Diverse concert at Mall, parades and picnics mark Fourth of July

Washington, D.C. and the Nation celebrate the Fourth of July with a concert and fireworks on the National Mall.
Washington Post Staff Writer
Monday, July 5, 2010

A rollicking party on the Mall celebrated America's 234th birthday Sunday with folklore and Frisbees, soccer games, Christian rock and a star-studded concert, punctuating the nation's diversity with verve in a multicultural mosaic.

Unlike in recent years, when Independence Day crowds dodged raindrops, blue skies gave way to a crystal-clear evening as people gathered at picnics and parades, munched on ethnic dishes on the Mall and lined up along the banks of the Potomac River to view the capital's pyrotechnic extravaganza.

For some, the day was the perfect culmination of Americana, past and present.

"This is our country's picnic, Main Street parade, jam session and sports day all rolled into one," said Chauncey Johnson, who, with his wife, Tammy, had driven to the District from suburban Philadelphia. As he waited in line to enter the festivities at the east end of the Mall, headlined by Gladys Knight and the Pips, he added: "Look at it. . . . It's every slice of American life right here."

Blocks away at the White House, President Obama celebrated the holiday -- which also marked his daughter Malia's 12th birthday -- with a South Lawn picnic of hamburgers, hot dogs and watermelon pops. Many of the more than 1,000 guests were members of the military.

On the Mall, festivities began in the late morning as crowds transformed the green expanse into a marketplace. Couples lay on blankets in the shade.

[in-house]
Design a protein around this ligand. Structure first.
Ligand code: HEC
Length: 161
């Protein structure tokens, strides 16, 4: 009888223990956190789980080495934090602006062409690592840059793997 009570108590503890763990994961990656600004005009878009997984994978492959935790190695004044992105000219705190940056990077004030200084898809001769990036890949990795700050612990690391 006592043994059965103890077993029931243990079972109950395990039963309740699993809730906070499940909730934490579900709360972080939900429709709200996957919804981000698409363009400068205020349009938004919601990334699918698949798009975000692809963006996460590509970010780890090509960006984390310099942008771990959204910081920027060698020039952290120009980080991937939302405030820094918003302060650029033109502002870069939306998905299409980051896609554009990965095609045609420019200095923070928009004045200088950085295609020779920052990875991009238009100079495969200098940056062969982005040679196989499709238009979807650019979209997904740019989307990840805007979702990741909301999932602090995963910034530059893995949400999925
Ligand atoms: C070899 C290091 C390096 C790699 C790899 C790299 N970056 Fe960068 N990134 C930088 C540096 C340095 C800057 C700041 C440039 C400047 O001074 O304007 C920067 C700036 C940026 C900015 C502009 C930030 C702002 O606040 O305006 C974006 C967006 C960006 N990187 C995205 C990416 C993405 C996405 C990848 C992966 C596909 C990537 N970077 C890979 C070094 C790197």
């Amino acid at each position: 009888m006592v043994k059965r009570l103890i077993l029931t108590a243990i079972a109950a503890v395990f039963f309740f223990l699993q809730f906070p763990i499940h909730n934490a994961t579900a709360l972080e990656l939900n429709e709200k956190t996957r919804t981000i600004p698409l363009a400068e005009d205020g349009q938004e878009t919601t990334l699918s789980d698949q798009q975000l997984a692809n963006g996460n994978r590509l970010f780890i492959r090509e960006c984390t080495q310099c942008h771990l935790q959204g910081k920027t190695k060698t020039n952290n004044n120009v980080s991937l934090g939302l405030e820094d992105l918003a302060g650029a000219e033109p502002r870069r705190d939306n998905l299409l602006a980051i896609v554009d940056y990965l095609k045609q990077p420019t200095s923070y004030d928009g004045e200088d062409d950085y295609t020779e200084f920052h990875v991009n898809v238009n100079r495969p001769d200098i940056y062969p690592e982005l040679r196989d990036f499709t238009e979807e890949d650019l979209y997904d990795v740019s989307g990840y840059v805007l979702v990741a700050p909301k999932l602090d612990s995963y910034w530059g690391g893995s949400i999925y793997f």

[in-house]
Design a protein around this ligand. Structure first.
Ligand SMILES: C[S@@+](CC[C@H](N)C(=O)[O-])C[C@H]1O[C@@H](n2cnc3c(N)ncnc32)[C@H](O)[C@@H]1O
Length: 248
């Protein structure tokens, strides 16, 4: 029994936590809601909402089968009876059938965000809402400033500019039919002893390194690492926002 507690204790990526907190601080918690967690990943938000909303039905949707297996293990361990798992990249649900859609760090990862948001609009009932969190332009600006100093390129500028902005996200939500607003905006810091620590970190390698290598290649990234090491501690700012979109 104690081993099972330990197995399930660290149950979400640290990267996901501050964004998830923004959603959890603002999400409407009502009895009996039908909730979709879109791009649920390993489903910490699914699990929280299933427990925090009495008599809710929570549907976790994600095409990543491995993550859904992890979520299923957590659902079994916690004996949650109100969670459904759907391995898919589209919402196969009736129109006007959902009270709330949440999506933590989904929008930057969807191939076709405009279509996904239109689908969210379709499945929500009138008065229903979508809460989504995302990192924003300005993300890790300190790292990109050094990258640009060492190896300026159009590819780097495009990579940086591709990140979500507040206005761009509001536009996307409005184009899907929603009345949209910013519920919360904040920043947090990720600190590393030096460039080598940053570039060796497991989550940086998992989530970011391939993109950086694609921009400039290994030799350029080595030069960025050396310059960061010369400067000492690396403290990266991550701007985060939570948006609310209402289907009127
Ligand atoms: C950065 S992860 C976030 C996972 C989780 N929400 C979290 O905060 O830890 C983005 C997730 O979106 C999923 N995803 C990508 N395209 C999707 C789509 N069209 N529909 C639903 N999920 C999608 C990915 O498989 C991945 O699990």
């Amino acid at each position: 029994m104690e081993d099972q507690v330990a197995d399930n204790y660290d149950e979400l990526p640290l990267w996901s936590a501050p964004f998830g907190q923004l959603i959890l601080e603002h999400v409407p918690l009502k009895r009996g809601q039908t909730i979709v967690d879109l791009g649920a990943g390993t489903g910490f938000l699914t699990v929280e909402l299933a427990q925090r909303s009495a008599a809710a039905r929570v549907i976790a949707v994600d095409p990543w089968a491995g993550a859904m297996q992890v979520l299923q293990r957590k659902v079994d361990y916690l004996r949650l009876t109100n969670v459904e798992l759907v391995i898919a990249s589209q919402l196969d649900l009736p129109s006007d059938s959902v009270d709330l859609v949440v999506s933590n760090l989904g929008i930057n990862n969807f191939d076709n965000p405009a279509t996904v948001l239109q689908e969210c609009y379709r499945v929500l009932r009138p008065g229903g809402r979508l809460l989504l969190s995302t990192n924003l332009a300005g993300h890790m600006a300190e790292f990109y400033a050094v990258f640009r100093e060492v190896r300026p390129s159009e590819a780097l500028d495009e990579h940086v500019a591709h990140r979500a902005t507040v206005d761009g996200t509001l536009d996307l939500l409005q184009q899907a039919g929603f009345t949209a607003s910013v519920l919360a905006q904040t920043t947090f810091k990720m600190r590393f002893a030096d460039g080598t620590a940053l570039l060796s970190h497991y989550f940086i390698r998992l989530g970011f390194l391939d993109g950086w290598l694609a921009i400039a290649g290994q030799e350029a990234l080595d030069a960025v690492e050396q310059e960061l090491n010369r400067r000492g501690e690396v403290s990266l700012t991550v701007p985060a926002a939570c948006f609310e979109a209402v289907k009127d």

At every turn, the day bespoke the Fourth of July. There were the sights: red coolers, white sun hats and blue beach towels. And the sounds: the thump and bass of high school marching bands, the calls from Hare Krishna floats and the rhythms of mariachi bands.

There was no official estimate of the huge crowd. U.S. Park Police, who no longer estimate the size of Mall gatherings, had anticipated that a half-million people would attend the festivities, which included the Smithsonian Folklife Festival. Park Police detailed hundreds of officers and rangers to control crowds and confiscate alcohol.

Although the mercury soared into the 90s, many said a subtle afternoon breeze helped keep the day from being a scorcher.

"Shoot, I remember, was it 2003? 2004? You could barely move it was so bad out here," said Janice Torrance of Capitol Heights as she sat on a towel with her sons, Nile and London.

Still, many found innovative ways to cool off. Teresa Cho and her three children soaked their feet in a small ice chest after walking the length of the Mall.

"Didn't expect to do this, but desperate times . . . " Cho said.

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